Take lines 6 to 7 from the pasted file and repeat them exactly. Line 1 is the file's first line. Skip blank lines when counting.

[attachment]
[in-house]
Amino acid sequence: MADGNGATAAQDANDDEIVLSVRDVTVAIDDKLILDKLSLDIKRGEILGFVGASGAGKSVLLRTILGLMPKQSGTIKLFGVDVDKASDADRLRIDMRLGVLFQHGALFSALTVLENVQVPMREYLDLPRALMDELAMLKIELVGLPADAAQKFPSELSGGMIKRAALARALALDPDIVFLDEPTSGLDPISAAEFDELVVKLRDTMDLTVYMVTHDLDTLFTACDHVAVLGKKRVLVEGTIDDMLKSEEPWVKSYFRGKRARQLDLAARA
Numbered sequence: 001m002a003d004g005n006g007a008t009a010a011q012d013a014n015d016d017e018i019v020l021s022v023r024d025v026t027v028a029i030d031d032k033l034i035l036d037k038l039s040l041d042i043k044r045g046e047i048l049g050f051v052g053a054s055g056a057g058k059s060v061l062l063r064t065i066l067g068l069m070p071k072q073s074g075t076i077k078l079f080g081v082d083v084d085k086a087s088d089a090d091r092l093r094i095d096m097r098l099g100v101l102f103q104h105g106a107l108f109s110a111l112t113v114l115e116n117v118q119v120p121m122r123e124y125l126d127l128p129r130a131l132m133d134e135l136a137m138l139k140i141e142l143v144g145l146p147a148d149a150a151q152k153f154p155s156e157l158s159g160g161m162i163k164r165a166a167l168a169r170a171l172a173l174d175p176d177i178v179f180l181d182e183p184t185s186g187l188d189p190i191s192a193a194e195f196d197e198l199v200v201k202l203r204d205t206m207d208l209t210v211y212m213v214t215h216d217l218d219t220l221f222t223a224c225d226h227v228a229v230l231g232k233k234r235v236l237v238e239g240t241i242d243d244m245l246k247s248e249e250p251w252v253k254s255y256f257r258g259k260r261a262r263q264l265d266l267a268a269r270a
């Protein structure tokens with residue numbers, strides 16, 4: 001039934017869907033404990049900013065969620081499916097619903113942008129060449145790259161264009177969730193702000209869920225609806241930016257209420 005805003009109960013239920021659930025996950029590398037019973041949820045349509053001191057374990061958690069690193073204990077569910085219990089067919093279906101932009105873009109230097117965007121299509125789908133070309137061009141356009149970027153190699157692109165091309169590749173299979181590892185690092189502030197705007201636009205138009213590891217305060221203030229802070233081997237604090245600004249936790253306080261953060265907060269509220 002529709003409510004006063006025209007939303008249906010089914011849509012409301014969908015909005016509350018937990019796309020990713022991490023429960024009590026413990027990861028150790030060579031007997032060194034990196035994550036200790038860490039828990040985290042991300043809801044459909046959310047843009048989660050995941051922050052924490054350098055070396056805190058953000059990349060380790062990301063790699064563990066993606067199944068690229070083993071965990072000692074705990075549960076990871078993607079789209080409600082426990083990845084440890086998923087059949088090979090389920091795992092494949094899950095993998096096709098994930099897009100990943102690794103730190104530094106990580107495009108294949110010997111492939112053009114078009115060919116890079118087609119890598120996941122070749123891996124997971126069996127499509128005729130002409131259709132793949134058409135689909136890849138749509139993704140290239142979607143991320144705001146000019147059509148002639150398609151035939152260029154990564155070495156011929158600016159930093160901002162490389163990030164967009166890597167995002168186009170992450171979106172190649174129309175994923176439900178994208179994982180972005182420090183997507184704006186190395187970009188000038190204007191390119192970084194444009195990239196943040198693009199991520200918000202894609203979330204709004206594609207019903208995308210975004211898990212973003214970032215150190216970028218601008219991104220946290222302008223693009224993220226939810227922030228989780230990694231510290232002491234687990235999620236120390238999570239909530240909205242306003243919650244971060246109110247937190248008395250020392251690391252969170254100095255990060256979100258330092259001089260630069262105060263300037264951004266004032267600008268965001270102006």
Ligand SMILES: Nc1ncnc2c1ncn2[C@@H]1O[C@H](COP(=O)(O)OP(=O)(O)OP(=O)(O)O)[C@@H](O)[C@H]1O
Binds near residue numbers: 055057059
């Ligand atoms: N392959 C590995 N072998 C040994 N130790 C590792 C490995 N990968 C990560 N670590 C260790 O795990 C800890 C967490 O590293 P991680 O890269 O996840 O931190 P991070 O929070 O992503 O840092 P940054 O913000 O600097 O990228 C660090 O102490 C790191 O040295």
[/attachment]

Binds near residue numbers: 055057059
């Ligand atoms: N392959 C590995 N072998 C040994 N130790 C590792 C490995 N990968 C990560 N670590 C260790 O795990 C800890 C967490 O590293 P991680 O890269 O996840 O931190 P991070 O929070 O992503 O840092 P940054 O913000 O600097 O990228 C660090 O102490 C790191 O040295």